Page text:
It's decision time for Boston, Katzenmoyer

Rusty Miller Associated Press Published:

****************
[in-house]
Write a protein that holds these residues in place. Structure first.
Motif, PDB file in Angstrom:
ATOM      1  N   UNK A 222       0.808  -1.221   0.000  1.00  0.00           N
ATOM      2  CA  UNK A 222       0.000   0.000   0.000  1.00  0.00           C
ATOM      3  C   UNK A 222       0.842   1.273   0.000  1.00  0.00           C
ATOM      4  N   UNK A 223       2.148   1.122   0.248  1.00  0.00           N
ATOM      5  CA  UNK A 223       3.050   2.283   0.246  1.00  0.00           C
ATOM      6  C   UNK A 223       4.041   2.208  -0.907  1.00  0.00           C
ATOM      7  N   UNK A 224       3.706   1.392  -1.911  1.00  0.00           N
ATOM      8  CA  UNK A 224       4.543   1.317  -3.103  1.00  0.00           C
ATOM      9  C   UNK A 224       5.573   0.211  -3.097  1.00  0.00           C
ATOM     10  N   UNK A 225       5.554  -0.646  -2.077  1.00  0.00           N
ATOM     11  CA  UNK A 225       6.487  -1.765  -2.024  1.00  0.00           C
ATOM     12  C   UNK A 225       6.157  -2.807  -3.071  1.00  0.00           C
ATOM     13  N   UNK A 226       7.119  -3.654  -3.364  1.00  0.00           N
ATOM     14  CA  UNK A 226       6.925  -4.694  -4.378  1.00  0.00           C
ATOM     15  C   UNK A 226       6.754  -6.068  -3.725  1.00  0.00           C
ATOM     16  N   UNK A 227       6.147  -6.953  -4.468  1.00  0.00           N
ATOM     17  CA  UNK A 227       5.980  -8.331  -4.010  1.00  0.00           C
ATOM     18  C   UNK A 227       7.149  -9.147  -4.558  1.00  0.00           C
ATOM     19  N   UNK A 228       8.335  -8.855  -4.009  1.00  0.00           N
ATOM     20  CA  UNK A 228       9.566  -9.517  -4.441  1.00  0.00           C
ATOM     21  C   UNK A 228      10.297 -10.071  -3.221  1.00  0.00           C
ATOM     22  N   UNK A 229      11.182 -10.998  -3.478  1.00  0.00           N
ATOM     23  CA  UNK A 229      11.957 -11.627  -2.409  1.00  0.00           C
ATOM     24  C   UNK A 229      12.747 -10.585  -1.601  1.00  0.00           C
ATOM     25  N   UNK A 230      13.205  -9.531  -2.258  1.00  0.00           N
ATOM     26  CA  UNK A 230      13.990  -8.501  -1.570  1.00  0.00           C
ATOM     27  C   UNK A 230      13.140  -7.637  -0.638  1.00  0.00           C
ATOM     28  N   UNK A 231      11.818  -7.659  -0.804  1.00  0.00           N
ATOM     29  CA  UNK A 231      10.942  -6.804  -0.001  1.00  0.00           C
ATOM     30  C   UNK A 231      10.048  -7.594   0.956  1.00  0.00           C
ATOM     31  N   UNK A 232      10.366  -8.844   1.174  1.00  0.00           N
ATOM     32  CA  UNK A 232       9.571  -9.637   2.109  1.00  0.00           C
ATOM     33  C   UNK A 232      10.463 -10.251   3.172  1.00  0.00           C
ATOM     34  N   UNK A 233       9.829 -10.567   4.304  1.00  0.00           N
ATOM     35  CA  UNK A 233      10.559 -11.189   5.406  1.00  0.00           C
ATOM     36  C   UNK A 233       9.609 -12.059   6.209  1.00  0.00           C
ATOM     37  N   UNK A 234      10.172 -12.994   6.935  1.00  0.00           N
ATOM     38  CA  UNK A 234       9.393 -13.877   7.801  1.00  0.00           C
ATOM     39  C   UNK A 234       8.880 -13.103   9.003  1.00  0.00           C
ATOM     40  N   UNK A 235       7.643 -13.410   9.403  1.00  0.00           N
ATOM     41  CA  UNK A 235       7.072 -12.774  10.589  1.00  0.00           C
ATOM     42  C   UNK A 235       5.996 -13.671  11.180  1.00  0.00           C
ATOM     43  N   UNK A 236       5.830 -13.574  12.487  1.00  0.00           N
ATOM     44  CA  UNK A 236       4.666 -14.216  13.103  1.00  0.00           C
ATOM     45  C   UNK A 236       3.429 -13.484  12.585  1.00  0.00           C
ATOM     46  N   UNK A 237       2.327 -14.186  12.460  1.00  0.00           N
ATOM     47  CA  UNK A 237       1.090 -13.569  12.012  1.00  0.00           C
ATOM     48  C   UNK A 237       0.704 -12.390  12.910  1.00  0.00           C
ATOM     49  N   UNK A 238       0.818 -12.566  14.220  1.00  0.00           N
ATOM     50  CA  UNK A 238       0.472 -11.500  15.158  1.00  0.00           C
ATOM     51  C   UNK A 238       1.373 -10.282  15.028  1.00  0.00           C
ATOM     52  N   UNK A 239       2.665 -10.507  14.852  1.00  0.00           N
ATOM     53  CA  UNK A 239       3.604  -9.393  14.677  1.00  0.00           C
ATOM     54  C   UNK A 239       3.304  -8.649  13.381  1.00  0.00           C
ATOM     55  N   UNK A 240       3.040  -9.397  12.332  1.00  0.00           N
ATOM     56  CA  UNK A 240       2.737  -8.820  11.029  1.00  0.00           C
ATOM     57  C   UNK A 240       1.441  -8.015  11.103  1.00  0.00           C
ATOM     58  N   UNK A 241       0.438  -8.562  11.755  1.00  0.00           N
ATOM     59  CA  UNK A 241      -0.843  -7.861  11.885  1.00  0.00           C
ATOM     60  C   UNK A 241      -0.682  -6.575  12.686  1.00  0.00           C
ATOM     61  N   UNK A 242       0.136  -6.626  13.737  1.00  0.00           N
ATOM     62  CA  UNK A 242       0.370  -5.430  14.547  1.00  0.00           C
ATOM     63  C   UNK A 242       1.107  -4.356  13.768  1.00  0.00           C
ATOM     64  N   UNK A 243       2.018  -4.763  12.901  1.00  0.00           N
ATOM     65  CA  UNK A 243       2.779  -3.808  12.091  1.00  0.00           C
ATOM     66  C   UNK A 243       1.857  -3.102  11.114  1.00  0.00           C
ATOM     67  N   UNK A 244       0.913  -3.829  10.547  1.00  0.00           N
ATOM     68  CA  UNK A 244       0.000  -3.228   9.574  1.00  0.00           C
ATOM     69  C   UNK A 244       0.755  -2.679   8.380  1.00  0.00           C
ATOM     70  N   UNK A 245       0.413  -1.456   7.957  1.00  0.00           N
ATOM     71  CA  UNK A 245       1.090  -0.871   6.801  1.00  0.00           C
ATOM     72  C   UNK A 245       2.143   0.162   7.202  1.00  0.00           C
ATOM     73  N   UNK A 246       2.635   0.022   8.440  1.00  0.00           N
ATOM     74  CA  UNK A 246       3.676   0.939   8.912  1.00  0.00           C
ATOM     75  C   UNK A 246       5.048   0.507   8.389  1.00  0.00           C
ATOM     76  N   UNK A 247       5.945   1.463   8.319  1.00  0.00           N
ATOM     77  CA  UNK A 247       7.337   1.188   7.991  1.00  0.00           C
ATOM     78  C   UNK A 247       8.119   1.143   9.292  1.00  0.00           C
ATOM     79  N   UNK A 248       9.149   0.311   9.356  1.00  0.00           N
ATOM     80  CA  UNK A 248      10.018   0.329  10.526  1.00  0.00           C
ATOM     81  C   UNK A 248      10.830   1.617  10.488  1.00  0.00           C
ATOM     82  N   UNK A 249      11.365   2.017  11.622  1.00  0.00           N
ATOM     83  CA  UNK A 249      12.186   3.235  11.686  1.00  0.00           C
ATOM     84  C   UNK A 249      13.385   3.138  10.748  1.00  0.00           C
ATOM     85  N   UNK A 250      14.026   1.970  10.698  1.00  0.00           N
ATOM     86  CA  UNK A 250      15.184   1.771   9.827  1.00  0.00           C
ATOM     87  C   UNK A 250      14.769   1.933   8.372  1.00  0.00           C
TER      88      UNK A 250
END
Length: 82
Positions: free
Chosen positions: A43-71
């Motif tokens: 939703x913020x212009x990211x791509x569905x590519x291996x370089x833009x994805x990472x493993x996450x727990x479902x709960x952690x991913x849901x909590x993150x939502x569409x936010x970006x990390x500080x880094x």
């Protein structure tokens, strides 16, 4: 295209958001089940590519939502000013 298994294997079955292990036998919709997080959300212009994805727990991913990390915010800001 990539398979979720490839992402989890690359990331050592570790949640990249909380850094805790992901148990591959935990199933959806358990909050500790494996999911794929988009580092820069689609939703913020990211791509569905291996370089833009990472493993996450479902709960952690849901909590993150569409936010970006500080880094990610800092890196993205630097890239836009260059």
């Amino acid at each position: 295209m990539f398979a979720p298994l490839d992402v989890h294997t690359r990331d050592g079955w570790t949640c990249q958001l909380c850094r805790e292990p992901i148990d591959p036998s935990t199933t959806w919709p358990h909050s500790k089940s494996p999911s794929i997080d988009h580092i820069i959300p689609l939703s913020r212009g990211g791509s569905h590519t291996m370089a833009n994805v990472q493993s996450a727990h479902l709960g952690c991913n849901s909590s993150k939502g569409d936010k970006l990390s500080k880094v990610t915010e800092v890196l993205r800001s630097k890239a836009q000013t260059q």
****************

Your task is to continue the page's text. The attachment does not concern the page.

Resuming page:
NEW ORLEANS - The clock is ticking. Ohio State will know this week if All-Americans David Boston and Andy Katzenmoyer will return for their final season with the Buckeyes or declare their intention of making themselves available for the NFL draft. College juniors have until Friday to decide. Based on his Ohio State records and the steadying influence he would be to a first-year quarterback in 1999, Boston might be the biggest loss to the Buckeyes. "I'm in the process of gathering information right now," the first-team All-American wide receiver said Saturday morning. "Then I'll sit down, talk to my family and friends and make a decision." Coach John Cooper doesn't believe that Friday night's 24-14 victory over Texas A&M in the Sugar Bowl should be the last time the two juniors appear in scarlet and gray. Cooper said he has met frequently with Boston in the past three weeks to sell him on the pros of staying and the cons of leaving. "If I thought he was making the right decision by leaving, I'd tell him to leave," said Cooper, who has lost 10 underclassmen to the pro draft just since 1992. "I think he needs to come back. I think David can win the Biletnikoff Award as the nation's top receiver. ... This guy can win the Heisman Trophy." Through his three seasons, Boston owns Ohio State records for receptions in a game (14), season (85) and career (191), receiving yards in a season (1,435) and career (2,855) and touchdown catches in a career (34). Boston said the fact that his batterymate, quarterback Joe Germaine, is graduating won't influence his decision. He said he's not interested in setting more records or winning awards, but in being on a team that finishes No. 1. "I'm not going to come back just to try to win the Biletnikoff Award," Boston said. "I'm having a lot of fun right now. College football is great. I enjoy playing with the Buckeyes. Our fans are loyal to us. I just have fun at Ohio State." Cooper said fun is a huge reason to stay in school. "The No. 1 reason I tell him to come back is because he should be having more fun right now than he'll ever have in his life," Cooper said. "That's the No. 1 reason he ought to come back: The joy of the college experience, the joy of your last year in college. Professional football is always out there. You're only going to play so many years in the NFL anyway." With several other top receivers already available in the draft, Cooper said he wonders if it is worth it financially to Boston to make the jump a year early. "If you're not going to be the first guy taken at your position, then why should you come out?" he said. Katzenmoyer, the Butkus Award winner a year ago and a third-team All-American this season, has not spoken to reporters about his plans. Many believe he will forgo his final year of eligibility. He had academic difficulties before the season and had to pass three classes last summer to maintain his eligibility. But Cooper said Saturday that Katzenmoyer was in good standing academically. He also said he had advised the big-play linebacker _ as he did with Boston _ to stay at Ohio State. "Obviously, we're not going to be as good without those two guys," Cooper said. "Both of them are outstanding football players. I'm going to do everything I can to bring them both back. I hope they both come back. But if they leave, we'll still have a good football team." Rob Murphy, a 6-foot-5, 300-pound first-team All-American offensive guard, said after the bowl game that he would stay in school. A notoriously straight shooter in interviews, Murphy said his decision was final. But he also would not be the first 21-year-old to have a change of heart. "I already have decided," he said. "I'll be back next year. I've talked to my parents about it and I decided I'm having too much fun here. I love the coaching staff and the players. It's a great thing to be a Buckeye."

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